Participants of a press briefing within the framework of the Conference on the Russian Presidency in G20 "Fostering Economic Growth and Sustainability" held on Feb. 28. Source: G20 / Press Service
Russia is chairing the April 18-19 meeting of G20 finance ministers and central bank governors in Washington, DC, as part of the spring session of the International Monetary Fund (IMF) and the Word Bank Group. The main purpose of the upcoming negotiations is to make preliminary decisions on a wide range of issues with subsequent discussion and approval at the level of G20 heads of state.
The agenda includes some of the most ambitious and sensitive issues dogging the global economy: the implementation of a framework agreement on sustained, steady and balanced global economic growth, investment finance, and financial regulation.
At the same time, Russia intends to propose that measures be included to create a mechanism for the automatic prevention of financial crises (like the one that has recently happened in Cyprus) in the G20 communiqué. “I believe that we could reach a consensus on this,” Russia’s Finance Minister Anton Siluanov said in remarks on the Russian delegation’s plans for the Washington talks.
At a similar meeting in Moscow in February 2013, the participants had to admit that, despite the targets set at the 2010 Toronto G20 summit to cut debts and budget deficits, some countries had failed to achieve those objectives. The slow pace of economic recovery and greater than expected sensitivity of economic growth to budget spending cuts were the main reasons behind this disappointing performance.
The Russian Finance Minister added that the deadline for the governments to comply with these obligations could be pushed back to 2016; as a matter of fact, the Toronto targets will need to be revised, even though the G20 is still committed them. According to Siluanov, following the Moscow talks, Russia expected the G20 to make progress by April on achieving a balanced approach to setting new targets for budget deficits and public debt levels.
However, the search for specific measures that would help resolve the problem of global economic imbalances continues and is unlikely to be completed in time for the Washington talks. Both economic experts and G20 finance ministers have a hard time identifying a specific recipe for stabilising the global economy.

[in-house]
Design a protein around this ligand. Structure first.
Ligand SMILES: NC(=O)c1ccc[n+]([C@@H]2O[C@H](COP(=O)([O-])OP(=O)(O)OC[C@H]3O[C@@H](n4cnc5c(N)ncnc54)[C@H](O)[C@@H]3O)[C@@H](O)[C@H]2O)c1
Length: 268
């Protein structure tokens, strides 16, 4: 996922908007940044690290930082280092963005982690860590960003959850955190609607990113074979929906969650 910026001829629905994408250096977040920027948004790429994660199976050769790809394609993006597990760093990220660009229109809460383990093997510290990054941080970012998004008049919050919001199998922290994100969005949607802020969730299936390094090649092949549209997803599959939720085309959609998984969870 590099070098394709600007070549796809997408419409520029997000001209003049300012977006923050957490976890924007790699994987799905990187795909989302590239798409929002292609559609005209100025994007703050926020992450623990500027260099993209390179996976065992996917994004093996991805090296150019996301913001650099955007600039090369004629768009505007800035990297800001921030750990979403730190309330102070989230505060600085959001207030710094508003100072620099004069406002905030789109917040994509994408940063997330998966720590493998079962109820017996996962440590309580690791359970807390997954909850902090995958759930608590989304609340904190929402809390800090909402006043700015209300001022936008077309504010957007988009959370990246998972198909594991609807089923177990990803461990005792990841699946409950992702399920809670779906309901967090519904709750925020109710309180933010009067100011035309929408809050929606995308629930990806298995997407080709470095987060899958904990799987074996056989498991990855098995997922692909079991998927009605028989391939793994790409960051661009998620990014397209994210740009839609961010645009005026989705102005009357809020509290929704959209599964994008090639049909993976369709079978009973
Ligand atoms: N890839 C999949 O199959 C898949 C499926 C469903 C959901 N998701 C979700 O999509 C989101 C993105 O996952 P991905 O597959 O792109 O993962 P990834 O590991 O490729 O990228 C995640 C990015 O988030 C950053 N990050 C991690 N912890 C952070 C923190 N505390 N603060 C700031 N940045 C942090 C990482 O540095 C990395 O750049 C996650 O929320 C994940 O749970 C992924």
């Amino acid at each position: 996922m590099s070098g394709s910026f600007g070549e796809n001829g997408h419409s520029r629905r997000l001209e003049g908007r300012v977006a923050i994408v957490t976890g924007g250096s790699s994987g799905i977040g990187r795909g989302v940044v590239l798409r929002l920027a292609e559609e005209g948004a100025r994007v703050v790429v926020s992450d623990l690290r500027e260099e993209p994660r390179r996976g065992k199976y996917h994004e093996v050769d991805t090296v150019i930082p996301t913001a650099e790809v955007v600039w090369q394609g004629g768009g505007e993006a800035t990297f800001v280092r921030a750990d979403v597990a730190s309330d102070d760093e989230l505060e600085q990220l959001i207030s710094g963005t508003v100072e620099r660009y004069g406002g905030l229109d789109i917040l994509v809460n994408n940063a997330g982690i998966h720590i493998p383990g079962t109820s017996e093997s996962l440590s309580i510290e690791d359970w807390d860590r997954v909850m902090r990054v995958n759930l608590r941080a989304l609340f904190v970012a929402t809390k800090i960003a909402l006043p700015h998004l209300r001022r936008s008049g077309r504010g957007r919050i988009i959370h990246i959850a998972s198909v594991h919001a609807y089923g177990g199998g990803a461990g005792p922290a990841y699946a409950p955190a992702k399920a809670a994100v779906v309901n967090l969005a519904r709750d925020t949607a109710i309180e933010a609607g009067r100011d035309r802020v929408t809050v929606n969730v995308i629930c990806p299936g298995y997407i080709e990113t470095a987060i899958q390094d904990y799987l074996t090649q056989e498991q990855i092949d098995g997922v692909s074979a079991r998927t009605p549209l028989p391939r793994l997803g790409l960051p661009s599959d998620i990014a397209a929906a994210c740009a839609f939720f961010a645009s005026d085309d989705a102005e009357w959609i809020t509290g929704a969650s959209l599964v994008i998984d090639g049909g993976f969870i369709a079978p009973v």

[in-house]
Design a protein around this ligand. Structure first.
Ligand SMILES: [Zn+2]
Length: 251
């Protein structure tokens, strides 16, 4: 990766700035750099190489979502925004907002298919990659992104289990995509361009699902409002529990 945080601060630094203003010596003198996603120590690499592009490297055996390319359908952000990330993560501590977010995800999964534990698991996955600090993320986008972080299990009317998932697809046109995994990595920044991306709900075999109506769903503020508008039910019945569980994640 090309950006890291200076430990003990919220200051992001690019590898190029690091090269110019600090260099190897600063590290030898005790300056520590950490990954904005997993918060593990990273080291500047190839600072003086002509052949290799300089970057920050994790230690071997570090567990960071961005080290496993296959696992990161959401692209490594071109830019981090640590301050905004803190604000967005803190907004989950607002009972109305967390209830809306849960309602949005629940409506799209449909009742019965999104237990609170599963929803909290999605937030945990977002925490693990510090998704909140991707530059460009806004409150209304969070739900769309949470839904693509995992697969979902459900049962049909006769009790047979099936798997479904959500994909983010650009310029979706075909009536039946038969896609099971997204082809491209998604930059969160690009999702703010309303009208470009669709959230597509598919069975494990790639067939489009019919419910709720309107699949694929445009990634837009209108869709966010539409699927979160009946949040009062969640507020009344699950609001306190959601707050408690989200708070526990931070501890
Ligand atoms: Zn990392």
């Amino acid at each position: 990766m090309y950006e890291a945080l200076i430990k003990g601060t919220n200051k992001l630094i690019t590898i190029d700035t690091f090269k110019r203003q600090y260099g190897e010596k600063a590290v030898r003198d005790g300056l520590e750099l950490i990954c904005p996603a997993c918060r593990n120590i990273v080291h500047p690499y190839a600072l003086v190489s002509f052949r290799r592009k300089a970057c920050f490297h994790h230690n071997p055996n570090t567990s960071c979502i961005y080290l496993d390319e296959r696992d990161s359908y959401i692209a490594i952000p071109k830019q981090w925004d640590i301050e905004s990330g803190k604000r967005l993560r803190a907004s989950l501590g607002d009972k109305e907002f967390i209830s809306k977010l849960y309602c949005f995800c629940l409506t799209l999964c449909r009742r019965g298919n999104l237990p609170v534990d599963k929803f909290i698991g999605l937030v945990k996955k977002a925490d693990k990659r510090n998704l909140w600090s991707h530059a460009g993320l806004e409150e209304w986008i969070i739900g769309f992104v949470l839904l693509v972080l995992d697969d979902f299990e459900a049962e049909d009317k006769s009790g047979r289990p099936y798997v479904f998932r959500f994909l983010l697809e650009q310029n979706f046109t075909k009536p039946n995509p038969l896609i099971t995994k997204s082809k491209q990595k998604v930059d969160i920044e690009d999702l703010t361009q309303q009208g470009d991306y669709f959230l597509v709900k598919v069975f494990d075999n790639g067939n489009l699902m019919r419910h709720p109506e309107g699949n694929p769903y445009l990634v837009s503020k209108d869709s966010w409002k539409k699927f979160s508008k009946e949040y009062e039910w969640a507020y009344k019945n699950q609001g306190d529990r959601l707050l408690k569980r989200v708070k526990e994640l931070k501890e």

Economist and head of Neokon consulting Mikhail Khazin, for example, was pessimistic about the meeting in Washington, adding that it would yield few results just like the Moscow meeting before it.
“The only real way to eliminate the global imbalance is to cut public spending by 20–25 percent and in the case of Europe and America by as much as 50 percent, which will lead to a social catastrophe. That’s why nobody will agree to this,” Khazin told RIR.
He compared the global economic situation to a car teetering on the edge of a cliff and about to tip over. “But they [the G20 finance ministers. – Editor’s note] keep arguing about whether to turn left of right. What difference does it make? The car will only go down from there.”
Leonid Gusev, an expert with the Institute of International Studies, was more upbeat and said that Russia’s main task is to actually promote its own interests rather than merely do lip service to them.
“Our economy is heavily dependent on oil prices. These have dropped considerably over the past few days, which is of course a negative signal to the global economy, but also to us in particular,” Gusev said. “That’s why the development of the oil and gas market will certainly figure prominently on the meeting’s agenda. The issue of balancing G20 budgets is still relevant amid a continuing economic crisis that nobody exactly knows what to do about.”
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